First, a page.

Skeetendo

’Cause all games were better on the GBC

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#1 2013-09-24 02:39:14

Vitharix
Member
Registered: 2011-12-29
Post 323/396

Trigger clarification

Proper implementation of a trigger eludes me.

After consulting the Compendium and all of these threads, I still can't put it all together.

What I'm trying to do is turn off wild battles when the player steps on one trigger tile, and turn them back on when the player steps on the other.

I can't seem to find documentation of the full extent of trigger structure. I know that there is the trigger table at x94000 and the other at $D6B7 and the structure of triggers in the event data, but I suppose what I'm struggling with most is what to make of "trigger timing", trigger flags, and how I should put my trigger into the table(s). Moreso than anything, I'd like to understand how these all function together.

Can somebody lend a helping hand?


another relevant post

Last edited by Vitharix (2013-09-24 04:57:50)

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#2 2013-09-24 06:26:37

Miksy91
Member
Registered: 2010-10-16
Post 1,898/2,308

Re: Trigger clarification

Hi (, and might as well talk to you sometime soon elsewhere as well) !

I remember trying to take out the wild battles in my own hack with script code 37 ("Deactivate PKMN battles"), but it didn't work.
I believe the problem is that code 37 doesn't do that, instead of a possible reason that the trigger tile that you step on wouldn't call the script you're intending.
You should actually test if codes 37 and 38 work the other way around!

But if trying to call something else from the first trigger event won't solve the problem, you have to adjust the trigger table in 0x94000. The structure there tells, where in ram the data/flag of certain map is located, and the next two bytes work as the map bank & number for that ram address.

For example, if we wrote bytes "70 DC 05 0A" in the beginning of the table, 00 would be written to $DC70 from the start (actually, that 00 is written there is probably incorrect but whatever!). Now, you can put trigger events to map 5.10. Now if you put trigger events there and probably while at it, happen to use a script code for changing the trigger flag (12 or 14), the byte in $DC70 is re-written to the value you chose for the trigger number to be.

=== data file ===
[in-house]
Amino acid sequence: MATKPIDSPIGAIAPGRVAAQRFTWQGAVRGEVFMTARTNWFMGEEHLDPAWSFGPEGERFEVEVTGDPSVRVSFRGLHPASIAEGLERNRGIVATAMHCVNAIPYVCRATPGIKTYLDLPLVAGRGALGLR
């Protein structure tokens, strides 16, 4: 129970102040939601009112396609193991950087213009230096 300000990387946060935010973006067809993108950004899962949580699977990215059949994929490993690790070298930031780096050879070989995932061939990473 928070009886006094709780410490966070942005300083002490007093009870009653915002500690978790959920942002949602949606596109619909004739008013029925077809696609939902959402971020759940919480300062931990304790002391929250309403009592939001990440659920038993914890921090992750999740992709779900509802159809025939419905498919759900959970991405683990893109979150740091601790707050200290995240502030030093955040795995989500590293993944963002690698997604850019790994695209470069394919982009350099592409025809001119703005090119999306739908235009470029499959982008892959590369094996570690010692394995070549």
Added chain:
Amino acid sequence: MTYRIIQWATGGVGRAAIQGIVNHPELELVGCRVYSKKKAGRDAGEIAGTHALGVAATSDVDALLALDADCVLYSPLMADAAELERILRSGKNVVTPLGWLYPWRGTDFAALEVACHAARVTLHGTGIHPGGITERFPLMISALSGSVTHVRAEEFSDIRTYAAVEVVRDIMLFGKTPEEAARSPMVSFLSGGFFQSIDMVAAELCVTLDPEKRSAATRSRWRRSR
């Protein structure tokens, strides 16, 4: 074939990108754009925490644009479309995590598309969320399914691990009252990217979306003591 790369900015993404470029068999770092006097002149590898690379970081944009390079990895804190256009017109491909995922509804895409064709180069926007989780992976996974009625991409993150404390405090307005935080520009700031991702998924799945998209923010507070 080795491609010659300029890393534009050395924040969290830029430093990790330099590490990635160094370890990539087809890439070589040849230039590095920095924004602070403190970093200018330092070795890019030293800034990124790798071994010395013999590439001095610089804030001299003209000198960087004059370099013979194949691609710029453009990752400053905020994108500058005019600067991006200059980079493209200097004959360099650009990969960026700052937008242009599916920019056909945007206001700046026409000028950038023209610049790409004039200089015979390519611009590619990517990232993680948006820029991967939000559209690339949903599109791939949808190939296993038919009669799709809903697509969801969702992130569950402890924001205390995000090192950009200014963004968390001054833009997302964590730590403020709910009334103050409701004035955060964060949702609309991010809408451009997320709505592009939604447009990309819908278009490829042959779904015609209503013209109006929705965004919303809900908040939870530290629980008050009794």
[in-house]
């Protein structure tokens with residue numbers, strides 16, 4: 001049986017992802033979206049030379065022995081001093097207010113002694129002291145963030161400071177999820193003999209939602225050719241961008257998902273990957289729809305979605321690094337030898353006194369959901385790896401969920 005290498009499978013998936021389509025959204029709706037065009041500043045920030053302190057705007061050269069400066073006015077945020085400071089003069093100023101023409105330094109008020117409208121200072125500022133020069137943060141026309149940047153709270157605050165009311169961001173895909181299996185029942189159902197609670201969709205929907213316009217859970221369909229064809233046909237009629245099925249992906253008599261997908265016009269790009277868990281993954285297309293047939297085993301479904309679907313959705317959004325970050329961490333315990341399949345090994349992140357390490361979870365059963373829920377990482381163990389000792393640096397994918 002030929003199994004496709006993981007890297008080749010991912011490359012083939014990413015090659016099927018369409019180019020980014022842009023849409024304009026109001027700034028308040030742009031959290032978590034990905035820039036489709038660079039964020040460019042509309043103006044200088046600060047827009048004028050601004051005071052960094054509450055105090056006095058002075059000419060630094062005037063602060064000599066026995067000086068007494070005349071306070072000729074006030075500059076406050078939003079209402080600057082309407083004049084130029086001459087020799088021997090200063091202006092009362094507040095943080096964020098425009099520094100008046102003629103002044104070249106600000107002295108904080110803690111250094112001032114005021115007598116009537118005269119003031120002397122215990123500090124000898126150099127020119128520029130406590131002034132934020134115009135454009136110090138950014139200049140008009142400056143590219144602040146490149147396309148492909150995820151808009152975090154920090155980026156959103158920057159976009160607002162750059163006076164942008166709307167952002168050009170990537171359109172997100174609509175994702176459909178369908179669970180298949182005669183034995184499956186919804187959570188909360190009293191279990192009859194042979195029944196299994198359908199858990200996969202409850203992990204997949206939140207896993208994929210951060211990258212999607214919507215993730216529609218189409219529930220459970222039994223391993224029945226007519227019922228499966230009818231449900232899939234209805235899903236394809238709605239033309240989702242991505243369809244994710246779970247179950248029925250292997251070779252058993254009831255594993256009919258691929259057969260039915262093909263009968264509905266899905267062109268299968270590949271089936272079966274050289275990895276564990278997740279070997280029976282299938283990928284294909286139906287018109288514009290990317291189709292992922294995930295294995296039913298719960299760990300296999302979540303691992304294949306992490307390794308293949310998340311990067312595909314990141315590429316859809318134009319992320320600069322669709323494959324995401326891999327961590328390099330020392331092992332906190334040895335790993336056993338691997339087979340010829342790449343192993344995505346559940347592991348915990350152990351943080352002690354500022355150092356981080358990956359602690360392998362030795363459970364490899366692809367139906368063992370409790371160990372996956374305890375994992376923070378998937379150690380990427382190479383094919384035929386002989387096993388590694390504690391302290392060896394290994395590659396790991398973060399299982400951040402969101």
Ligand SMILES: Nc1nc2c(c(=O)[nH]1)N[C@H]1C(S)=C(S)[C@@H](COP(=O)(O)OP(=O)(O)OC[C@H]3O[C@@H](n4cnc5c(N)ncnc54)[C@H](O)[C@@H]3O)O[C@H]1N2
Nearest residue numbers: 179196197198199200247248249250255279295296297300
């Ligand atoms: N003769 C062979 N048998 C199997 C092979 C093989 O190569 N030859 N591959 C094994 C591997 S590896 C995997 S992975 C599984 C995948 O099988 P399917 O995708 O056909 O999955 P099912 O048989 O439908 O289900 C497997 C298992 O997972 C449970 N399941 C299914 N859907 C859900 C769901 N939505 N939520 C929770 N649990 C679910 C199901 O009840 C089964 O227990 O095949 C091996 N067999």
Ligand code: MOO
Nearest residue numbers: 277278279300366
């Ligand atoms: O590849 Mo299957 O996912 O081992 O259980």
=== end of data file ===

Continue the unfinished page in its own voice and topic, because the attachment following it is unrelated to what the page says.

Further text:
And when the value in DC70 is for example 02, only trigger events that use flag 2 (as shown with Johtomap) will activate when you step on them. Normally, you don't have to "return" back, so like, if the first trigger event uses flag 0, you probably want to change that to 01 for flag 1 event to activate etc. But if you feel like going for something complicated, you probably need to adjust it over time.

Last edited by Miksy91 (2013-09-24 06:30:15)

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#3 2013-09-24 07:54:10

comet
Member
Registered: 2012-04-09
Post 299/673

Re: Trigger clarification

your confusion stems from the fact that there are actually two things called triggers

the one youre talking about is an x/y trigger (coord event). these just run some script when they get stepped on

the commands did get mixed up. updating the compendium would probably make it more confusing

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#4 2013-09-25 00:24:53

Vitharix
Member
Registered: 2011-12-29
Post 325/396

Re: Trigger clarification

Miksy91 wrote: